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TV Tropes Book Club:
Great and PowerfulBy request from the Literature forum. Welcome, one and all, to the TV Tropes Book Club. The basic idea of this coven is (I hope) to widen the literary horizons of all participants and encourage open and enlightening discussion about why we like the books we like, and how we react to books that we're perhaps not so familiar with. So, some basic rules:
edited 23rd Jun '12 7:03:49 PM by SKJAM
Kaspar the Friendly SpookI'm interested in participating. I don't have any book suggestions, yet, but I do have a suggestion for the rules. Perhaps we should decide the next book at the start of the previous one to give us time to get the book, if we don't already own it.
My Blog. ACAB. "The great are great only because we are on our knees. Let us rise." - Max Stirner
I am quite interested in participating, and shall watchlist this thread. However, nothing springs to mind as a suggestion. Reading hefty books is my tendency, so anything below 250 pages is a bit out of my familiarity-purview. Wait- I take it back. "The Yellow Wallpaper and Other Stories" by Charlotte Perkins Gilman is my suggestion. It's not long, despite the ominous title.
edited 8th Jun '12 1:36:50 AM by Muramasan13
Smile for me!
I'd like to participate as well. My suggestion is "The Sense of an Ending" by Julian Barnes. It shouldn't be problematic to get your hands on a copy and it's also relatively short.
Vampire Kisses series, with the first book "Beginning". You can find it all on Scribd site. Its not exactly a hard read, with the first book at 200 pages or so. Its also, quite frankly, a Mary Sue novel. but I just happened to like it....
Responsible adultI'm interested! My suggestion is Paper Towns by John Green. I haven't read it yet, but I'm super interested in it. Also, it's a bit metafictional, which might make it a fitting first choice.
"Proto-Indo-European makes the damnedest words related. It's great. It's the Kevin Bacon of etymology." ~Madrugada
Great and PowerfulI'm going to suggest an old standby, Fahrenheit451 by Ray Bradbury.
Three-Puppet SaluterI've already read Fahrenheit, but I'd certainly give Bradbury a vote. Maybe Dandelion Wine, as we seem to be tending to the literary in this thread?
Hail Martin Septim!
Three-Puppet SaluterBooks we want to read, I think. Nothing too formal. (I do have a few things to say about Fahrenheit, so on second thought I'll second the vote because someone needs to second a suggestion.)
Hail Martin Septim!
I support Fahrenheit as well. It's been ages since I read it; I wonder if my perception of it has changed. Besides, it would be nice to start off with Bradbury, given recent events.
I'm interested. I also support Fahrenheit.
cannot into spaceI support Fahrenheit as well; being as it is possibly my favorite sci-fi book.
Three-Puppet SaluterOkay, I think that's settled. (Hopefully we'll have grown enough for crowners by the second book.) So I guess we'll reconvene on the twenty-fifth and discuss it, yah?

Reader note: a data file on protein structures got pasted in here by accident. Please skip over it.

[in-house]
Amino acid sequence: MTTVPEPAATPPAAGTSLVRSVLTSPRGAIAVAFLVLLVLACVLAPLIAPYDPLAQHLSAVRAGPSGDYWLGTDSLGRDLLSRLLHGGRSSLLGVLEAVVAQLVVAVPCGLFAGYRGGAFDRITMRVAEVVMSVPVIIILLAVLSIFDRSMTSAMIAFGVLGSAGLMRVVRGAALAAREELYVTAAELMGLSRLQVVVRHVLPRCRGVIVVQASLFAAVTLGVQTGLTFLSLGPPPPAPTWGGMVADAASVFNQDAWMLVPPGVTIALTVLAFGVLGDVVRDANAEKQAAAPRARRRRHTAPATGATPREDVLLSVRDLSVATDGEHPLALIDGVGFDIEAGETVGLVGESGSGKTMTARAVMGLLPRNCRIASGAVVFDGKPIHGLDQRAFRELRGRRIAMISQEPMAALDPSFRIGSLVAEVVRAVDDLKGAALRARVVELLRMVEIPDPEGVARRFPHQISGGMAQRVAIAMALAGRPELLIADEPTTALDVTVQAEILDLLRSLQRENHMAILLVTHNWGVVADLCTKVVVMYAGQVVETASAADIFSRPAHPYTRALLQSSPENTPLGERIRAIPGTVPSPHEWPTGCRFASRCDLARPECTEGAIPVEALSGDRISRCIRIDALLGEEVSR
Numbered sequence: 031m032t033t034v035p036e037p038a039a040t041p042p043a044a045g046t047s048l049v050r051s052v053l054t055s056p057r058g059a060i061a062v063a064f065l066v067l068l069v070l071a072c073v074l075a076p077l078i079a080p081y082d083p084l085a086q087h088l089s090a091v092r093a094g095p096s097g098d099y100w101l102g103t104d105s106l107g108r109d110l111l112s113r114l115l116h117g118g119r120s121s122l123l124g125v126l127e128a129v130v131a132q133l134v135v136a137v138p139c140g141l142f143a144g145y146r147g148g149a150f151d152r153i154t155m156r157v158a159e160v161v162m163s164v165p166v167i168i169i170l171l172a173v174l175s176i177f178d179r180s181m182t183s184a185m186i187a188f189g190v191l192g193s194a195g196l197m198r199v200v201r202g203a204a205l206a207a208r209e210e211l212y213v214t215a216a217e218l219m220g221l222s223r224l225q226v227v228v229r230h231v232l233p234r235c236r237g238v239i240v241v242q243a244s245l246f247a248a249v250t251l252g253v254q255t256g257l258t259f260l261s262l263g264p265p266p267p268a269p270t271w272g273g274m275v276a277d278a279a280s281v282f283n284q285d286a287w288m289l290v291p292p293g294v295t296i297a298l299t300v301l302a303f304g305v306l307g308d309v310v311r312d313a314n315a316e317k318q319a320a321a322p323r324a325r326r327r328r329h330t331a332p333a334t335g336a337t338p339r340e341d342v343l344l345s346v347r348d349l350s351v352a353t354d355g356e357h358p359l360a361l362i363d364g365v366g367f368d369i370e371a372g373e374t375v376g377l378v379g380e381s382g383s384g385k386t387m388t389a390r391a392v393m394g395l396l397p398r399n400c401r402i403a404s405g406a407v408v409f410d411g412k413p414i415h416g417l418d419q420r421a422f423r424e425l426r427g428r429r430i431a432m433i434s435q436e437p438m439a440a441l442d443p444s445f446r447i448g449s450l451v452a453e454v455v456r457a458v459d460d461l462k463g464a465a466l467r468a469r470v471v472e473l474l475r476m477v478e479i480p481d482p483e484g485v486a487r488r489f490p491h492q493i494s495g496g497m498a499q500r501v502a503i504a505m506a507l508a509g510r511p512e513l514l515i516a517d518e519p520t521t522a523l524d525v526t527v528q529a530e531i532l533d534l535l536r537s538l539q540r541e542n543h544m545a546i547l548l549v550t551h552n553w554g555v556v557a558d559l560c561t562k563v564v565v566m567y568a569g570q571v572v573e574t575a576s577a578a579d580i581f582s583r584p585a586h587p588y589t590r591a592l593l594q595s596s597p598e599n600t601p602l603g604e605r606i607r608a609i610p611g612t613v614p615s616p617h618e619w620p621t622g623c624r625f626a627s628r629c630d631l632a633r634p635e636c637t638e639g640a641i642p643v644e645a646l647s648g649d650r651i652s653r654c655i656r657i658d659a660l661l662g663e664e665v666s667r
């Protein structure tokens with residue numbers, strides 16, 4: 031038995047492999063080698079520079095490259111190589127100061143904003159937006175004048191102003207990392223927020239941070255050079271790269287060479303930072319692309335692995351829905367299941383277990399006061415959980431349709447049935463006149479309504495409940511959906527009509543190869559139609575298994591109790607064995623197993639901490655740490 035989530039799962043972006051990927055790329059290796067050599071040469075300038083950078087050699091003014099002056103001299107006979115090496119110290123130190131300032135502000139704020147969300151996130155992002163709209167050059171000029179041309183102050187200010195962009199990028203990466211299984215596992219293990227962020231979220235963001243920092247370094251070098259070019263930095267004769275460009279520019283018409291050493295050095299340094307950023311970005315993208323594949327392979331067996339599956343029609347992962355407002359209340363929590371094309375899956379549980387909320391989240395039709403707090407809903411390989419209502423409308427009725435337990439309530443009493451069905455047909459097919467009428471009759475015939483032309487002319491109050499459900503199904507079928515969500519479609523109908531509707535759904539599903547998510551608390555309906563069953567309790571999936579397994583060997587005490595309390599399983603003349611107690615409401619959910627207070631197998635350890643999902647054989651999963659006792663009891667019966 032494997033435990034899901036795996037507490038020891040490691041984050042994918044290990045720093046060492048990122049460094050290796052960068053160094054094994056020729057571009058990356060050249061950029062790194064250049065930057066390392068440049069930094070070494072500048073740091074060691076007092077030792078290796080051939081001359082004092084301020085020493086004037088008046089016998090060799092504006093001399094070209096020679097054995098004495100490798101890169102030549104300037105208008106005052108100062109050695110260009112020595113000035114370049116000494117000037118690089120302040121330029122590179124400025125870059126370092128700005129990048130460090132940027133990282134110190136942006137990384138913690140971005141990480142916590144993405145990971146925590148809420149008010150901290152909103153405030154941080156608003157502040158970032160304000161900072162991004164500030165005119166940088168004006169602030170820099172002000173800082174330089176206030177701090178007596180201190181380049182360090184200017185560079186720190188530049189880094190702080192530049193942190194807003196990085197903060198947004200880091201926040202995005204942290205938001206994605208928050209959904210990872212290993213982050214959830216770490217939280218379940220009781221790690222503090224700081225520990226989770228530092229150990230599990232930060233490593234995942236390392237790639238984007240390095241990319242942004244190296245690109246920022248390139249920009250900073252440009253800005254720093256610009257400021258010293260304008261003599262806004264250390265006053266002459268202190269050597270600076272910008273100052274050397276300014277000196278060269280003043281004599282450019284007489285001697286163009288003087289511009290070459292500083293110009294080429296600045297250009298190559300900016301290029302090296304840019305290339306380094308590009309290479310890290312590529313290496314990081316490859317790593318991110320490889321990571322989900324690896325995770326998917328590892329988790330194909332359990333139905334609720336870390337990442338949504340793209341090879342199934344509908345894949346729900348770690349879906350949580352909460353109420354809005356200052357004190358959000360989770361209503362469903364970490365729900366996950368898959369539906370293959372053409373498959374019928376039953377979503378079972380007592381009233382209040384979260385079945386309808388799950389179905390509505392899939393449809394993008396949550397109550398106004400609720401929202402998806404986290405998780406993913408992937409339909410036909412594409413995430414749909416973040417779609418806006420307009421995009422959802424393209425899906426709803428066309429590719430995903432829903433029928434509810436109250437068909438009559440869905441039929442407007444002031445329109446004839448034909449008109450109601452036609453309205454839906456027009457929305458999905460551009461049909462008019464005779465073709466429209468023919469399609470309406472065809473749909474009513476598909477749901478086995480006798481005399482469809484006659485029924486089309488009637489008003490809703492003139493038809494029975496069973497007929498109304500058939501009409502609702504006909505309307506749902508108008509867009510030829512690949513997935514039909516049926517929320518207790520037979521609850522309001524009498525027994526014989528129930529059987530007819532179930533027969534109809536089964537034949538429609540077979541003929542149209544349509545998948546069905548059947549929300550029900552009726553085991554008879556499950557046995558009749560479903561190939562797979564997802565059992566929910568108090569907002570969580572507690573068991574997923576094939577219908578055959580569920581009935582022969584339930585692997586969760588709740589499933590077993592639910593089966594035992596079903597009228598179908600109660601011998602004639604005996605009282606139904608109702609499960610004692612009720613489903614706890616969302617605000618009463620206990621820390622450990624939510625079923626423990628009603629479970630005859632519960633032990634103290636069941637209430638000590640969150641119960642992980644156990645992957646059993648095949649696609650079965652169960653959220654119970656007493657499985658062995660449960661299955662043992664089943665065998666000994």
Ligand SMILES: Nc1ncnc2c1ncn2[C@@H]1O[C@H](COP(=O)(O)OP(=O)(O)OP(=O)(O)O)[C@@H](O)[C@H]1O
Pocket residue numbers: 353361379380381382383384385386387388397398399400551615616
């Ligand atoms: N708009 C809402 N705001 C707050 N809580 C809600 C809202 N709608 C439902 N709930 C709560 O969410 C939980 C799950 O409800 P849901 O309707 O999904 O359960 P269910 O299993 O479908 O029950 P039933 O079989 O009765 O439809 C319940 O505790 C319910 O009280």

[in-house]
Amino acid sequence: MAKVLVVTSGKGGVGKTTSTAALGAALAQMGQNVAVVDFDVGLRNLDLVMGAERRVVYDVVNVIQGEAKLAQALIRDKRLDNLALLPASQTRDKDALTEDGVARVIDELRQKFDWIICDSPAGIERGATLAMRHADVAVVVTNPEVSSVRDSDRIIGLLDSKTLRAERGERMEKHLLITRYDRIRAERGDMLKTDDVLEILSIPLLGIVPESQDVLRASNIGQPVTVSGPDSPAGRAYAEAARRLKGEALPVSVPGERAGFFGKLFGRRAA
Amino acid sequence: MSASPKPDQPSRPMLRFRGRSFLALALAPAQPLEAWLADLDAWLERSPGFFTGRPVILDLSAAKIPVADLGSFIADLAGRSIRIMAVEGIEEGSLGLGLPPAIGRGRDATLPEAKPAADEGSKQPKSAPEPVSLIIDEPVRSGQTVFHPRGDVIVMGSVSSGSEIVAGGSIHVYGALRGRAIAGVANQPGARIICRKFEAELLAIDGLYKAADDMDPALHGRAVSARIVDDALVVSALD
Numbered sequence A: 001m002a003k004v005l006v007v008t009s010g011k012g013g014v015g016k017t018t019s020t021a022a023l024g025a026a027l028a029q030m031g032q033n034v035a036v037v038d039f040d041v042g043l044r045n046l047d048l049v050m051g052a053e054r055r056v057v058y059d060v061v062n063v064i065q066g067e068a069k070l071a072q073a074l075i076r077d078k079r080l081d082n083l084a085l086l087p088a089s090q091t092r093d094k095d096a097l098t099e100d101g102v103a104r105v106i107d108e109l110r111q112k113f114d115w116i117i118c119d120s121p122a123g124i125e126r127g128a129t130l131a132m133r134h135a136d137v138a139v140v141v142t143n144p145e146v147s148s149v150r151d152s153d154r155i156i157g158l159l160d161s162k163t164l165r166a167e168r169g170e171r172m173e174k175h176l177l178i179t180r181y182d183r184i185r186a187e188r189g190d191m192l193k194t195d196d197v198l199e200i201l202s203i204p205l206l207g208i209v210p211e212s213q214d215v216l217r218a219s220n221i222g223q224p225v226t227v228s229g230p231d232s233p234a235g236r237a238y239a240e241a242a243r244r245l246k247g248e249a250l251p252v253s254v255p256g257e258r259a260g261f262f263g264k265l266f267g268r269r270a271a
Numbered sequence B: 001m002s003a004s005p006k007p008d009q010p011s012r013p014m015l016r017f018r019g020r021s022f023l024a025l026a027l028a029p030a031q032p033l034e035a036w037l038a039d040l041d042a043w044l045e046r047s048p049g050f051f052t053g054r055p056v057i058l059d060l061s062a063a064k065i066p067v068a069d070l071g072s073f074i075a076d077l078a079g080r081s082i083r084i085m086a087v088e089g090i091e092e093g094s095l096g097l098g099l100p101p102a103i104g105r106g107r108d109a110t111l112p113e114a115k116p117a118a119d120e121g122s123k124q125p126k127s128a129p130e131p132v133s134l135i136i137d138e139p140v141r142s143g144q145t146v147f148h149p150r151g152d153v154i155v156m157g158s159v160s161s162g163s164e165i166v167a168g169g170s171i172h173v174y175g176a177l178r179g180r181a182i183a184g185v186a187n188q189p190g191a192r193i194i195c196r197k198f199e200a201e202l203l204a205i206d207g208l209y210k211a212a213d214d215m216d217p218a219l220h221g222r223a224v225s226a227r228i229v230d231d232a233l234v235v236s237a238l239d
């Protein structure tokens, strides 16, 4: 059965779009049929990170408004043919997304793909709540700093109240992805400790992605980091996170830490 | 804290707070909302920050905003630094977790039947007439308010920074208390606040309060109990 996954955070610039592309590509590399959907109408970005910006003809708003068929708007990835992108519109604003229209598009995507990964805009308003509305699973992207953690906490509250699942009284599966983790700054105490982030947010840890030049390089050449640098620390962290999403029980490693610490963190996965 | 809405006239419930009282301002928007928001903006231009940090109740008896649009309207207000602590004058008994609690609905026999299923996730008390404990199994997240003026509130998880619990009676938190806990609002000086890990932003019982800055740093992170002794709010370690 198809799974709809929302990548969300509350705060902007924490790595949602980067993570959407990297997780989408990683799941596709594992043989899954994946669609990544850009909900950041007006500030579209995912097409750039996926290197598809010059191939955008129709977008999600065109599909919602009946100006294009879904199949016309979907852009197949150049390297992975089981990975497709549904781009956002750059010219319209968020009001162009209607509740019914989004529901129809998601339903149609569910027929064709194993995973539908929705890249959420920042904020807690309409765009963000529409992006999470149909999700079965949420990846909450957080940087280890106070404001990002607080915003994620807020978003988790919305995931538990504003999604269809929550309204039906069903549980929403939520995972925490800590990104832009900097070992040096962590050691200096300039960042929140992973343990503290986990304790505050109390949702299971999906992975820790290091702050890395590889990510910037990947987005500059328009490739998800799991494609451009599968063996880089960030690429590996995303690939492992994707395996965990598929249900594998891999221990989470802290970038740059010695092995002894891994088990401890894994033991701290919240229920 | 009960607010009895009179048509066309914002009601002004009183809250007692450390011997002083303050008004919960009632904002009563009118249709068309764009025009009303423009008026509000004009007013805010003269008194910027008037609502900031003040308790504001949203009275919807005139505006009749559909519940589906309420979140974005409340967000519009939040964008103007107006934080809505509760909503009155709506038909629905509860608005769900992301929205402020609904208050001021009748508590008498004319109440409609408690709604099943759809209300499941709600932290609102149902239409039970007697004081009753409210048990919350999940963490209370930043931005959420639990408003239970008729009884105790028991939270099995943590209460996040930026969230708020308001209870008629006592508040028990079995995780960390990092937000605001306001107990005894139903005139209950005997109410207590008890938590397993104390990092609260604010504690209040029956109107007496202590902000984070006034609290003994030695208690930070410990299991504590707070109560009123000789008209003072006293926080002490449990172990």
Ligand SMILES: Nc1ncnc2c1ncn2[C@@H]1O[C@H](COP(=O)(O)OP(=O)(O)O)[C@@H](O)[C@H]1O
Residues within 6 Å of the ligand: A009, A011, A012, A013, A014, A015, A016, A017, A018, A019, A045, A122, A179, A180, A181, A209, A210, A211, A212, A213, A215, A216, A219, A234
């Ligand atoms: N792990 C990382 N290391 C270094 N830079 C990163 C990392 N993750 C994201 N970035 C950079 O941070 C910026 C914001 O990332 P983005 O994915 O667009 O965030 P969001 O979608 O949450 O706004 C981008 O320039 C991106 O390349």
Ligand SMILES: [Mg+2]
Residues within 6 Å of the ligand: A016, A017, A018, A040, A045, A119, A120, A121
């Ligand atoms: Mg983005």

Hail Martin Septim!
Sounds good to me.
Smile for me!
I'm not sure if I'll be able to actively participate, but I'd like to drop in every now and then. Not like adding a few more books to the reading list will make a difference, anyway... I've read Paper Towns. It's a worthwhile read. I haven't read Fahrenheit so I guess I'll pick that up from the library next week. Could I suggest Nation, by Terry Pratchett? It's not incredibly long, but it's good and funny but different from his Discworld stuff.
Everything is perfect / it's falling into place / I just can't wipe this smile off my face
Great and PowerfulStarted late and not quite finished yet, so just a preliminary observation: My perspective on certain characters has changed considerably between age 15 (when I last read Fahrenheit 451) and age 50.
Great and PowerfulSimon & Schuster edition, 2012. The text itself shouldn't vary greatly between printings, but there will be different introductions, end notes, biographies and such. (And I'd be interested in hearing from anyone who's read this book in other languages.) There is a shorter version, titled "The Fireman" that appeared in Galaxy magazine; I would not be surprised if you could find that in an anthology. eta: edited opening post to make it easier to find which books have already been suggested.
edited 23rd Jun '12 7:05:20 PM by SKJAM
cannot into spaceSo, who read the book? Anyone?
Great and PowerfulI've finished rereading the book. If nothing else, we owe feminism a vote of thanks for reducing the probability that a woman will end up being just a "Mrs. X" who has nothing to do all day but watch the walls.
I just finished part three this morning. Long train rides are annoying, but I get a lot of reading done. So, Fahrenheit 451 by Ray Bradbury. A couple of impressions:
edited 25th Jun '12 1:37:49 PM by Farnion
cannot into spaceI enjoy this story much more then Orwell or Huxley, mainly because it feels... closer. The dystopian future seems closer to home in this story, especially seeing as some things were pretty well predicted.
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